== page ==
Diane M. Metcalf
For as long as I can remember, there was something “different” about my mother. She wasn’t like other mothers I knew.
By the time I was middle school aged, I’d met a lot of moms, and I’d witnessed their interactions with their kids – at parks, the public pool, in stores, at the playground, fast food places, school events, and in their homes. My mom didn’t act like them; she didn’t relate to me the way they did with their kids. She didn’t hug or kiss me. She didn’t smile at, spend time with, or play with me. She didn’t seem happy to see me. She didn’t ask about my school day, and she wasn’t interested in knowing my friends. She seemed to have no interest in me or anything that I did.
There were no boundaries in our home. I stayed up as late as I wanted. I wasn’t required to do chores, though I was shamed for not doing them. I was expected to care for my younger siblings, and I was blamed and sometimes punished for their misbehavior.
My mom called me hurtful names and obscenities, and at times she completely ignored me and didn’t speak to me for days, weeks, and even months.
I was not allowed to openly express emotions, ask questions, show initiative or curiosity. My feelings were discounted, minimized or invalidated. Asking questions or taking action meant that I was challenging her, or distrusting her. She continually re-wrote my memories and experiences. All the while, I was expected to listen, obey, and stay quiet.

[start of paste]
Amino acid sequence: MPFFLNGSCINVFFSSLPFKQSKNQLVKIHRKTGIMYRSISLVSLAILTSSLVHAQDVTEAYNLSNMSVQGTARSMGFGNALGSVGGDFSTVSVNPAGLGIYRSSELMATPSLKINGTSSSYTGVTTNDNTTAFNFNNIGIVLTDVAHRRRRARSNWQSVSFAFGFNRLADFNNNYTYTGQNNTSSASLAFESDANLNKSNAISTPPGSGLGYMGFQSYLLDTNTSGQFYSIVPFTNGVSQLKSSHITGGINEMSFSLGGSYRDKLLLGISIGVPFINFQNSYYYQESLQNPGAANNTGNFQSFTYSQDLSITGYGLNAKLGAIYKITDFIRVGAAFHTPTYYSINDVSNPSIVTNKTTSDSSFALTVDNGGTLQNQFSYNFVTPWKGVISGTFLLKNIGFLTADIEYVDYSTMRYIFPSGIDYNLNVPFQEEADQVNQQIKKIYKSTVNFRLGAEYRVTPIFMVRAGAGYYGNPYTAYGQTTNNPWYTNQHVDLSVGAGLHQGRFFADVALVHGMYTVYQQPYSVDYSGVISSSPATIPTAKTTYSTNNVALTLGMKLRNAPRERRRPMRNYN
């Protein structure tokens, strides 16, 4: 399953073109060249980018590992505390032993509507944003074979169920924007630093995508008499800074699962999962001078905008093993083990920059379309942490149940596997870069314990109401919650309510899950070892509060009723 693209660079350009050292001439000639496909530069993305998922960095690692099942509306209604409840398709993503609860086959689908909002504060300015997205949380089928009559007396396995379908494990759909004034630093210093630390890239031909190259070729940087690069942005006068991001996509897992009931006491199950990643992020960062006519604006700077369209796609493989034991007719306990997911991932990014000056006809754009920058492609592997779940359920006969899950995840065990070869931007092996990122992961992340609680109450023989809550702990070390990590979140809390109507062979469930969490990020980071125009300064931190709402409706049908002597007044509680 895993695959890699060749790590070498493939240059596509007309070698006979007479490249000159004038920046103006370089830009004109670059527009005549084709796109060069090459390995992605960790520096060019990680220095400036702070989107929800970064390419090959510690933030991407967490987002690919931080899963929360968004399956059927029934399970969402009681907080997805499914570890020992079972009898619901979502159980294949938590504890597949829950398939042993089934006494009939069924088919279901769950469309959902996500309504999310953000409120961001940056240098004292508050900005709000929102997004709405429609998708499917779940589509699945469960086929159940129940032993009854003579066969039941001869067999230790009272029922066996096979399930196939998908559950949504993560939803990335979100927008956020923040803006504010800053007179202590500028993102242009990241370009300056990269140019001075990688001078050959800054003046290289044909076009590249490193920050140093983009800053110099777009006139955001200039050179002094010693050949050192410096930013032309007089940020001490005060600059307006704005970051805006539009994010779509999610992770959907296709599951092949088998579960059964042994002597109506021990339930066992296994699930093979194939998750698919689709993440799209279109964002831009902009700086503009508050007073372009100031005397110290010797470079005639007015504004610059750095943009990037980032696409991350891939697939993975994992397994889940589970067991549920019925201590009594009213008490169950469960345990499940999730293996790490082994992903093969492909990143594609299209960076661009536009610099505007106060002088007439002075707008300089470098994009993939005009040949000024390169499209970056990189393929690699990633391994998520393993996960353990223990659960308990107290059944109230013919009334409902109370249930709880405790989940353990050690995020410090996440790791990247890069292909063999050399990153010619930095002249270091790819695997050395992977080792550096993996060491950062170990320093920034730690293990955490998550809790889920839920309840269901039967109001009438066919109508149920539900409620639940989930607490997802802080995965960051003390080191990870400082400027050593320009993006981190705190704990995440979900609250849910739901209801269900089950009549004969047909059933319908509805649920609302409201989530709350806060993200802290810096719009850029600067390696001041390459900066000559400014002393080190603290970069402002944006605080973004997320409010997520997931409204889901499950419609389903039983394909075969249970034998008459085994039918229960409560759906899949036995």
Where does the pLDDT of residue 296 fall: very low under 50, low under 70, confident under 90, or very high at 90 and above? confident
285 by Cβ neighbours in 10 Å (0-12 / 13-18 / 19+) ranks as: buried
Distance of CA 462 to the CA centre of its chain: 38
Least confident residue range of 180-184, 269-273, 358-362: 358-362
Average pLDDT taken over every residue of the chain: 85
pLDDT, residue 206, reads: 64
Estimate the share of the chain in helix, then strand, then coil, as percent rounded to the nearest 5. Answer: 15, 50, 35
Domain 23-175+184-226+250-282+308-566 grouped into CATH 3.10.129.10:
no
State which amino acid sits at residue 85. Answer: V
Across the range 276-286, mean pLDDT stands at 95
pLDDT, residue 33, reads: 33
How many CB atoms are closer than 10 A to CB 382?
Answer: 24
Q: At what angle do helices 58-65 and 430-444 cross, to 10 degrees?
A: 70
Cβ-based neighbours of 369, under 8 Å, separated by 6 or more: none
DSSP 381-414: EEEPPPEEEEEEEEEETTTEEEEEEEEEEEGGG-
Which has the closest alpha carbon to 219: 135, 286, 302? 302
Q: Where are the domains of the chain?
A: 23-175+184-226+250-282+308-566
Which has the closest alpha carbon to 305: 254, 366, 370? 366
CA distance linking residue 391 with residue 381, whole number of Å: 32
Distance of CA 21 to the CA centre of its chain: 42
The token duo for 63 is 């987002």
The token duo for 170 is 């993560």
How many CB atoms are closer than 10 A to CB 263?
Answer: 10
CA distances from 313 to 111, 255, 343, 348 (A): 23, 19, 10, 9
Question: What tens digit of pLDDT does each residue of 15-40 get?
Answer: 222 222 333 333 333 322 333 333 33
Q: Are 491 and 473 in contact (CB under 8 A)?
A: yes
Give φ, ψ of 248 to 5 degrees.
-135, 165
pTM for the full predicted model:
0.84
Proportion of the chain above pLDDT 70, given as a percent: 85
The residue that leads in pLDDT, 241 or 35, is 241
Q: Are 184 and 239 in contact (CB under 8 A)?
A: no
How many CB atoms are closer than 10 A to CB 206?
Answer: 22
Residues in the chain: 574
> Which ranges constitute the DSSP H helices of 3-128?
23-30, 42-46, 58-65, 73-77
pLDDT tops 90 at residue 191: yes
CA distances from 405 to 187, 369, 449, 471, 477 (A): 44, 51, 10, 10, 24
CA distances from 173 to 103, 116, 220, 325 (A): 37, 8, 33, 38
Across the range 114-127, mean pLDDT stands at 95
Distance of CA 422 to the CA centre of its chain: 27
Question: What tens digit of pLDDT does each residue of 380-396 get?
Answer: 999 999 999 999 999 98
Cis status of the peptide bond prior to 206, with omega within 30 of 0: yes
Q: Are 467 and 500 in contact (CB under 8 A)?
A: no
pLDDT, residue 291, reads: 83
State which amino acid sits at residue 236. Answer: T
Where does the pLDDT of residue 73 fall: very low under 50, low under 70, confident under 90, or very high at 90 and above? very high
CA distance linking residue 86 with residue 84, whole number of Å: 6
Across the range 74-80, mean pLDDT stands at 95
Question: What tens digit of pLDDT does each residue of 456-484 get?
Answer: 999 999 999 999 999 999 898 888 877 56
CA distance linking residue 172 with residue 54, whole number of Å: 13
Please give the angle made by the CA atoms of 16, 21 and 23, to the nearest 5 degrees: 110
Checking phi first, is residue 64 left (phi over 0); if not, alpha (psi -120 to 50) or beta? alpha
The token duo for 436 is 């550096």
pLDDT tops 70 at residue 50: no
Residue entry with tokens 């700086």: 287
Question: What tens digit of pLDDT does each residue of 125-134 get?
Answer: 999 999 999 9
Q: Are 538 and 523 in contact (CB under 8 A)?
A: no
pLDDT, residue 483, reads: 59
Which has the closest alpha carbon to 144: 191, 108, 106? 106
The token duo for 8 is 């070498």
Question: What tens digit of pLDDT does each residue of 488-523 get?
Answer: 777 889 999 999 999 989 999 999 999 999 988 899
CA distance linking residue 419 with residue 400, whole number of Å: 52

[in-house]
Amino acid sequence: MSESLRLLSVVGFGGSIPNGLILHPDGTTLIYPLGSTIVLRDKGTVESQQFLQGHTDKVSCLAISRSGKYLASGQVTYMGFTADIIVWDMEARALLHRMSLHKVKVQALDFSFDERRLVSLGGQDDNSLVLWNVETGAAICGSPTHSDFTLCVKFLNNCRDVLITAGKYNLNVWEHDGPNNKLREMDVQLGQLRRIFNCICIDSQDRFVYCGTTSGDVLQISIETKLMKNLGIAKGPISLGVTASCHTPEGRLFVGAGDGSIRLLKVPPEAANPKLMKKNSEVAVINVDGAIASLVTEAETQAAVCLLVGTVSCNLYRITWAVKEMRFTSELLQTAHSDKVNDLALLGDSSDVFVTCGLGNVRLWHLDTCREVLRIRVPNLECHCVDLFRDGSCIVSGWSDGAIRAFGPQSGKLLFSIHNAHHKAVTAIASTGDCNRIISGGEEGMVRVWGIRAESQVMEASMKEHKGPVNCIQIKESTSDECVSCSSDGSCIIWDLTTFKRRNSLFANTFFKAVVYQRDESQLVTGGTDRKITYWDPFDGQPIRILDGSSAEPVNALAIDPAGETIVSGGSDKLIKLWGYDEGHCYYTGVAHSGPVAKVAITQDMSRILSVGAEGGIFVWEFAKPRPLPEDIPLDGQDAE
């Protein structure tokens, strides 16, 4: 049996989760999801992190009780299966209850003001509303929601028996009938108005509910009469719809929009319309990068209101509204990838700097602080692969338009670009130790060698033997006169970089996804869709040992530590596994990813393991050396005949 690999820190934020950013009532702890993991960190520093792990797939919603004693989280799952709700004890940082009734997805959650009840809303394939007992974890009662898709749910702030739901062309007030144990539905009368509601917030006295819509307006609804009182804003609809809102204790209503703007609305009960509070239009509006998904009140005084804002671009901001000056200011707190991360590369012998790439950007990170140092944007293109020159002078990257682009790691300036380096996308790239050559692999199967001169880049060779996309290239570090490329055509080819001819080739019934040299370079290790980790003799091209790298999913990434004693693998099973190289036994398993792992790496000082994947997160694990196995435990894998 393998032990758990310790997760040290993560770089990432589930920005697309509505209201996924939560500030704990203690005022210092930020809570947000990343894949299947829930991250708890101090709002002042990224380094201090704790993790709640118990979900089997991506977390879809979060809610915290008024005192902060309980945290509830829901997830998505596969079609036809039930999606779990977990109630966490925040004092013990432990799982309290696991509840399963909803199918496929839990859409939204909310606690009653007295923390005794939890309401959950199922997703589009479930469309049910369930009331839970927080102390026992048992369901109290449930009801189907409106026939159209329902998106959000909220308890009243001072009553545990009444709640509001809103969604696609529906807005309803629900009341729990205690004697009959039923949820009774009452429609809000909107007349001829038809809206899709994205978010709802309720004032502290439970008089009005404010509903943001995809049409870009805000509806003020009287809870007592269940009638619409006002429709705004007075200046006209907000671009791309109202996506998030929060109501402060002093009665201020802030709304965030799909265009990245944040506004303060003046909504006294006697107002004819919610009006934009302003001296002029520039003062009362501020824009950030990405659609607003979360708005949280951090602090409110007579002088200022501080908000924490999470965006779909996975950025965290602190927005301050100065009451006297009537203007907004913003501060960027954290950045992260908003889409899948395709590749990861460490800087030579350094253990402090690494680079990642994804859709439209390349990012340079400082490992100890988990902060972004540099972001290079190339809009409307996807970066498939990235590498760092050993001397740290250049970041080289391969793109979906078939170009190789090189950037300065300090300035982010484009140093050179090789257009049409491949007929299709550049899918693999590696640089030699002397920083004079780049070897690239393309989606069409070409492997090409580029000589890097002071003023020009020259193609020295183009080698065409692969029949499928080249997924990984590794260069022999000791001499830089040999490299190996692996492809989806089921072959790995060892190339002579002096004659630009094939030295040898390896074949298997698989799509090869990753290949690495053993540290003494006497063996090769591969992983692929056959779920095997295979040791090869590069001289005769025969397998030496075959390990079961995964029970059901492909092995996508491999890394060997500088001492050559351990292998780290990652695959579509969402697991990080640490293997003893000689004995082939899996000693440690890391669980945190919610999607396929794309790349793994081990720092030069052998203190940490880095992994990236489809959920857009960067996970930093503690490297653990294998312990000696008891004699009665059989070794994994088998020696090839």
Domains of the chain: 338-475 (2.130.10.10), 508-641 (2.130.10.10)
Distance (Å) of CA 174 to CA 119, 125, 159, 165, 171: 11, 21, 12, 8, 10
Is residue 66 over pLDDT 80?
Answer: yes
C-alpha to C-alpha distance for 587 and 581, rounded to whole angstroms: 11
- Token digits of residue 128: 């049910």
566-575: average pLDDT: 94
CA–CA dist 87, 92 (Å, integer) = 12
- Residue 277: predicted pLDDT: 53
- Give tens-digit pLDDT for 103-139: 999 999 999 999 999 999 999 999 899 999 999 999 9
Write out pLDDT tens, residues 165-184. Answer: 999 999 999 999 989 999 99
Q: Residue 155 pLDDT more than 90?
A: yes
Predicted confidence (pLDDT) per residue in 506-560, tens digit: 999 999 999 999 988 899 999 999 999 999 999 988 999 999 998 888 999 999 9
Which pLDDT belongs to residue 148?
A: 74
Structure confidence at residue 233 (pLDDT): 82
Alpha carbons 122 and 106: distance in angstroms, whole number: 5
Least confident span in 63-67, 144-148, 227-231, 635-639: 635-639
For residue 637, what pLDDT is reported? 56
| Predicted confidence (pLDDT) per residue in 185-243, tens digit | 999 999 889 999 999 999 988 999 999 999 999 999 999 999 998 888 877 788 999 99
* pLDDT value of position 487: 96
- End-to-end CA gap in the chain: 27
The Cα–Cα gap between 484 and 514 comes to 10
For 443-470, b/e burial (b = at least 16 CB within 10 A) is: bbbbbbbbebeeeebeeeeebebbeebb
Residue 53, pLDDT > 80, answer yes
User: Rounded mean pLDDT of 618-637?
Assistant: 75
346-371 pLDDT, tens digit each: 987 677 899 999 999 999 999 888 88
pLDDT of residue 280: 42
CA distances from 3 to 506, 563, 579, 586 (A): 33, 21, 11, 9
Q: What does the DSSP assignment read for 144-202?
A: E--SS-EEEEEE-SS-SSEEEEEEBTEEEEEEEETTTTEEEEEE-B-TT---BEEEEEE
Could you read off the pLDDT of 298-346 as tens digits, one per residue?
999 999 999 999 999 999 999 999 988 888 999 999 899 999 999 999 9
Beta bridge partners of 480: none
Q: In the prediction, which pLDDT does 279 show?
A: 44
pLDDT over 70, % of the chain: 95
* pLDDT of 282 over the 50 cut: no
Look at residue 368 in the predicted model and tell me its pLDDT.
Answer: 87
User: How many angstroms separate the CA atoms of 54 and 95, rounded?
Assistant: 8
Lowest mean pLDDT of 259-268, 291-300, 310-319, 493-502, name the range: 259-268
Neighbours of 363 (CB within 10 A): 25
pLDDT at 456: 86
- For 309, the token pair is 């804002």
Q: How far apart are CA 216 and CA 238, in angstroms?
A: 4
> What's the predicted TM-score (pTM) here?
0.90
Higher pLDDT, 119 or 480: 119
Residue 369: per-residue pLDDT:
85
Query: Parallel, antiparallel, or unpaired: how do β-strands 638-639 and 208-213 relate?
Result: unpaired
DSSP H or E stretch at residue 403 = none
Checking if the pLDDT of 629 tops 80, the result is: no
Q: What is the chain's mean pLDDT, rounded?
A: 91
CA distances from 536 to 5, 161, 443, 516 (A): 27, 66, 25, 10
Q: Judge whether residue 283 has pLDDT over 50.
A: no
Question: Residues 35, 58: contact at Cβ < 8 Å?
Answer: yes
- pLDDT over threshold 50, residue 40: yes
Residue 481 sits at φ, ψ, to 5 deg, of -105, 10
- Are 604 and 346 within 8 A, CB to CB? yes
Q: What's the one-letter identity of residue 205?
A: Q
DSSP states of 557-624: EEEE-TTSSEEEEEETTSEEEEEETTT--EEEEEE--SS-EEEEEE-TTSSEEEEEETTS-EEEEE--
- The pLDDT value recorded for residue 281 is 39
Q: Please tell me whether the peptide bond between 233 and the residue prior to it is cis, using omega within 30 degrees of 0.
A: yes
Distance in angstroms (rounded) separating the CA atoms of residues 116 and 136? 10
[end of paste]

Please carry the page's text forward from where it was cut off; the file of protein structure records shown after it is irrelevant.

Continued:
In dysfunctional families, there’s an unspoken rule: don’t talk, don’t trust, don’t feel. At some point, as an adult, I decided I was done living by those rules, and eventually, I started an ongoing journey to find healing and peace.
If any part of this sounds like your mother, or your relationship with her, you’re not alone. If there’s a pattern of manipulation, ongoing power struggles, or cruelty in your relationship, this book can help. If you find yourself second-guessing your memory, doubting your judgment, or sanity, or you’re continually seeking your mother’s withheld affection, attention, or approval, this book can explain why.
Your mother doesn’t need a formal “diagnosis” in order for you to determine that your relationship with her is unhealthy. If it is, you can do something about it.
Until now, you had two choices: live on her terms (focusing on her and chasing after her love and support) or go “no contact.” I suggest that you have a third option: allow me to walk with you through the chaos and confusion that is maternal narcissism. I’ll show you how to decode the crazy-making behavior, heal the damage, take back your personal power, and move forward to live your best life.
I’m committed to the study of, and writing about, toxic people, relationships, healing and recovery. Learn more on my blog, The Toolbox.
The contents of this site are intended for informational purposes only and are not a substitute for professional therapy.